* No SARS-CoV-19/coronavirus talk in this batch, which might seem strange, but from what I have seen you can get all you want of that and more pretty much everywhere, so I’m going to do some of the things not being done elsewhere right now. I don’t have much novel to add: The CDC’s early behavior around testing and testing certification is appalling, as is the response, or non-response, from the Executive Branch. But these reactions are obvious for anyone who has been paying attention. Twitter, oddly, comes out looking good: the Cassandras who are usually wrong with their vaguely conspiratorial statements and insinuations were right, and early.

Links: Supposed UFOs, psychedelics and con men, and lots of history and context

* Inside the Pentagon’s Secret UFO Program. Supposedly.

“Andy Roberts’s provocative new biography of Hollingshead, Divine Rascal, suggests that there is something seriously wrong with this standard history. Roberts uncovers the fact that Hollingshead was not simply a benevolent trickster who turned people on with his beloved mayonnaise jar; he also possessed a dark side — one that does not appear in the various historical accounts of the psychedelic movement. In Divine Rascal, Roberts, an eminent historian of British psychedelic culture (e.g., Albion Dreaming: A Popular History of LSD in Britain [2012]), views Hollingshead with sober eyes.”

From “Psychedelic Pioneer and Confidence Man.” It may be that the people drawn to psychedelia are also more likely than average to be overly credulous and gullible, and wherever those people gather, con men follow.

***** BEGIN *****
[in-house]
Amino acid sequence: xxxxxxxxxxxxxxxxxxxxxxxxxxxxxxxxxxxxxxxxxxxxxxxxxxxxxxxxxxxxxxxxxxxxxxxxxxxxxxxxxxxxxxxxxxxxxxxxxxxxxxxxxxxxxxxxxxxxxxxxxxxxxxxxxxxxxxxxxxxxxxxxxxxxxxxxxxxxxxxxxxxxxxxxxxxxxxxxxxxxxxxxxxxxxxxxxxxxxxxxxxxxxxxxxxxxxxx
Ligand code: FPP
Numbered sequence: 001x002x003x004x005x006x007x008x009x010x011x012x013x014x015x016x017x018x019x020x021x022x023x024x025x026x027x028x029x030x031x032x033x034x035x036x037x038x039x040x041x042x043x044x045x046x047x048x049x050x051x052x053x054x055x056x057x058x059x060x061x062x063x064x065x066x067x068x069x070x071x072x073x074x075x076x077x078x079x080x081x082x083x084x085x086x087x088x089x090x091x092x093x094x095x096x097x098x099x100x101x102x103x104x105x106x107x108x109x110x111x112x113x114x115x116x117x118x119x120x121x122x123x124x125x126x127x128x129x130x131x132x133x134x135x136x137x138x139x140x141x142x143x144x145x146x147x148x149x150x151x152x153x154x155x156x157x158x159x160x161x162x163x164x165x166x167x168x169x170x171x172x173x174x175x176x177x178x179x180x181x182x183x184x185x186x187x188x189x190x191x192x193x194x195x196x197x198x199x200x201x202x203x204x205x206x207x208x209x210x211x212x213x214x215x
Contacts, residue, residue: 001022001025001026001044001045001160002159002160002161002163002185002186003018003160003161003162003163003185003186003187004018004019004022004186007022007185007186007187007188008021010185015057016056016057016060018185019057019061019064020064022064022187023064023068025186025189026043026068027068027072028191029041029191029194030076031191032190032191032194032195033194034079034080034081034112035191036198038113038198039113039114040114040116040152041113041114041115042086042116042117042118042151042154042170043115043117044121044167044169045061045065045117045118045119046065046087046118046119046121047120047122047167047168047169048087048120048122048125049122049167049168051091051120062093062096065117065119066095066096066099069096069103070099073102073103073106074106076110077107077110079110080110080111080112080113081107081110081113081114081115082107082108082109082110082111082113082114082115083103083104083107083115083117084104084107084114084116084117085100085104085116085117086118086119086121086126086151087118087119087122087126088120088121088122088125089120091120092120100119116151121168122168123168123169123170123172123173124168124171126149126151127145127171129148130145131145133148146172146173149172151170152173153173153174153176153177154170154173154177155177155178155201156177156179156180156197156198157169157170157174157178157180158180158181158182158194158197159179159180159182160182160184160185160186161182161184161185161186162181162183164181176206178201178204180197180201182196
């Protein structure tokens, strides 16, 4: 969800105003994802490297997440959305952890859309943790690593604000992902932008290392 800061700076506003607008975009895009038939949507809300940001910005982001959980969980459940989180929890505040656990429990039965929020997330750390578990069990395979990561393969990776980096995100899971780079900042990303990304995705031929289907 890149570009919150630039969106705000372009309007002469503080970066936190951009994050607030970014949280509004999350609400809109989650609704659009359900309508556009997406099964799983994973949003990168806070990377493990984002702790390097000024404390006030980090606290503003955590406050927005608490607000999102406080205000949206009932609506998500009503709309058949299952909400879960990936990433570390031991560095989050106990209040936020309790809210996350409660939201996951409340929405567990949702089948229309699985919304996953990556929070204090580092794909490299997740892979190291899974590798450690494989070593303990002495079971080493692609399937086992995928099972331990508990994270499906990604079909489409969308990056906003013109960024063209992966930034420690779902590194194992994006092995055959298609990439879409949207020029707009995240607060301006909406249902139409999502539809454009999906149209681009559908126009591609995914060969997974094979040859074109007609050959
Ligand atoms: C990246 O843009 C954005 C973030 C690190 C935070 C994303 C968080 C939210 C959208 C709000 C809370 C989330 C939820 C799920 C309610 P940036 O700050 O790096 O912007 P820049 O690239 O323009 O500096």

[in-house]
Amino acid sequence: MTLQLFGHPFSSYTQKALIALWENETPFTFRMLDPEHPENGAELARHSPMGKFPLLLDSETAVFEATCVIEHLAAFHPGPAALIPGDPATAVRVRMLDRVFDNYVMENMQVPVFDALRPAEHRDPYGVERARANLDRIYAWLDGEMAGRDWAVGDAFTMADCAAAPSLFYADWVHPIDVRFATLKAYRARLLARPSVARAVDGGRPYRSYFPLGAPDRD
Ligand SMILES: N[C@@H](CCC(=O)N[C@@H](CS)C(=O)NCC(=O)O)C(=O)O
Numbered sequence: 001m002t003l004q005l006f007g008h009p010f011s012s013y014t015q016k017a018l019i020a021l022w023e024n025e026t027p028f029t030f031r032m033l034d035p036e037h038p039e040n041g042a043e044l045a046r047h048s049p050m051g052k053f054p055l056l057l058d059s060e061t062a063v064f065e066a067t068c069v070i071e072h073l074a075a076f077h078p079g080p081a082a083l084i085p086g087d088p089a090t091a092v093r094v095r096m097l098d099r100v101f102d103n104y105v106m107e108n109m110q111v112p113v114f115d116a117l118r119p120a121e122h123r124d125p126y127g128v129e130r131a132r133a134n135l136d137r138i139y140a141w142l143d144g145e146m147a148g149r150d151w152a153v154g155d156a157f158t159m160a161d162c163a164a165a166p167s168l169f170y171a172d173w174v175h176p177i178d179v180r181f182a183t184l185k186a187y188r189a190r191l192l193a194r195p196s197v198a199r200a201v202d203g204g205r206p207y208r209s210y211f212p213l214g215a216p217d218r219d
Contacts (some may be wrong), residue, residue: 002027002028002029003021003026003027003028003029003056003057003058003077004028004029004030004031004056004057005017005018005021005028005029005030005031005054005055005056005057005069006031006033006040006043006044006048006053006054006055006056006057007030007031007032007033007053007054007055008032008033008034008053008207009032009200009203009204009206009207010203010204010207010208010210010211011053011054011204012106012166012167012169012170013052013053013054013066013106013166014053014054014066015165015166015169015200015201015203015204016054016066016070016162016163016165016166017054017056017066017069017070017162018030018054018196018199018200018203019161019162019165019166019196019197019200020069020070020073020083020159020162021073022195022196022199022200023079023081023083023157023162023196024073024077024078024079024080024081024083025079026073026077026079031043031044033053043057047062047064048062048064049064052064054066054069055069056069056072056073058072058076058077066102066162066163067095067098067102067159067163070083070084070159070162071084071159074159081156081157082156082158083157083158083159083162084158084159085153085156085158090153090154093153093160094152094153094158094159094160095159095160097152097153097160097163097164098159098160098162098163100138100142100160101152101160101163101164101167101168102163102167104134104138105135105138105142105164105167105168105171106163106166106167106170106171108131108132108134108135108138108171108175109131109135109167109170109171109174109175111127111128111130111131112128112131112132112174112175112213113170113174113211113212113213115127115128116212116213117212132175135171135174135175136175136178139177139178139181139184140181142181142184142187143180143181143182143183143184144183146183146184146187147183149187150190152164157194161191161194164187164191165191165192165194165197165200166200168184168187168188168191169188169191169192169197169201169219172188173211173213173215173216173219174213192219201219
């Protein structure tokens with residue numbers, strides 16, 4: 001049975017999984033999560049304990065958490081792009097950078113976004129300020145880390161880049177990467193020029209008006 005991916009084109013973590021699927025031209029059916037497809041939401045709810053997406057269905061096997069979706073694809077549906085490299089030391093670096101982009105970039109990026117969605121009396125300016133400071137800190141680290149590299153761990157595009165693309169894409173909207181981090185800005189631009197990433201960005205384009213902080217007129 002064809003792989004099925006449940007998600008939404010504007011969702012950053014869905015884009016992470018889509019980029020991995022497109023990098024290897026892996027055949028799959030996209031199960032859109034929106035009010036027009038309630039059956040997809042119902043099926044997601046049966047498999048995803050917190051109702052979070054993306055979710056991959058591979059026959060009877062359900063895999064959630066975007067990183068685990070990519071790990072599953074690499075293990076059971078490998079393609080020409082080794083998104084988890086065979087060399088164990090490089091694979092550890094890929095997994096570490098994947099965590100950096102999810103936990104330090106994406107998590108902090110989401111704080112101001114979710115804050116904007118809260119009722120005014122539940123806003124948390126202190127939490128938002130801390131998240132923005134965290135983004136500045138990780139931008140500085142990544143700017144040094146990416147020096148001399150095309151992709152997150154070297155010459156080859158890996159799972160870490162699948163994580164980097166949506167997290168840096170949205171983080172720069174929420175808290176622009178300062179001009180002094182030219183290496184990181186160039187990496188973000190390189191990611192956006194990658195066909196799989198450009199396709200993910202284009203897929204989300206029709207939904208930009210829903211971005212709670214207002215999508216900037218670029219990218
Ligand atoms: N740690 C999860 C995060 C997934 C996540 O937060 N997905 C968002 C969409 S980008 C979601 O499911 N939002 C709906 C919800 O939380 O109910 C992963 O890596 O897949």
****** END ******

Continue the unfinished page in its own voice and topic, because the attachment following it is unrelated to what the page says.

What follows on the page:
* Machine learning for antibiotics.

* Paul Graham on “How to write usefully.” I like the implication that many of us write uselessly. Plus, Graham’s writing routines.

* The US rental housing market. If NIMBYs can use zoning to get supernormal rates of return on housing, so can large capital pools. I wonder if, or when, voters will notice and respond appropriately.

* Bryan Caplan’s case for open borders. The book looks good but I’m also prejudiced against comic books, graphic nonfiction, or whatever one may wish to call the genre.

* “Why Did the Coronavirus Outbreak Start in China?” On the weaknesses of China’s government.

* “A Bellow from France,” which has a great first line: “‘Fatalism and Fellatio’ is the title the Süddeutsche Zeitung gave last fall to a scathing essay about Michel Houellebecq’s seventh novel, Serotonin.” “Great title” does not necessarily mean “accurate title,” however.

* The perverse panic over plastic. Most recycling efforts are a waste of time but make people feel good. Substantial changes that would be useful are mostly being avoided, like congestion pricing, zoning reform, not flying, or signing up for Climeworks carbon burying. What should we infer about human nature from this?

* The health system we’d have if healthcare economists ran things. It doesn’t look that different from the one we have now: there is no such thing as a free lunch.

* “Thoughts about transparency in college admissions.” It is amusing how many heavily marketed schools squawk about equality, diversity, helping the poorest, and so forth, and how many of them actively practice policies that do the exact opposite.

* History of the distribution of sex-related information and contraception. Familiar to some of you already, no doubt.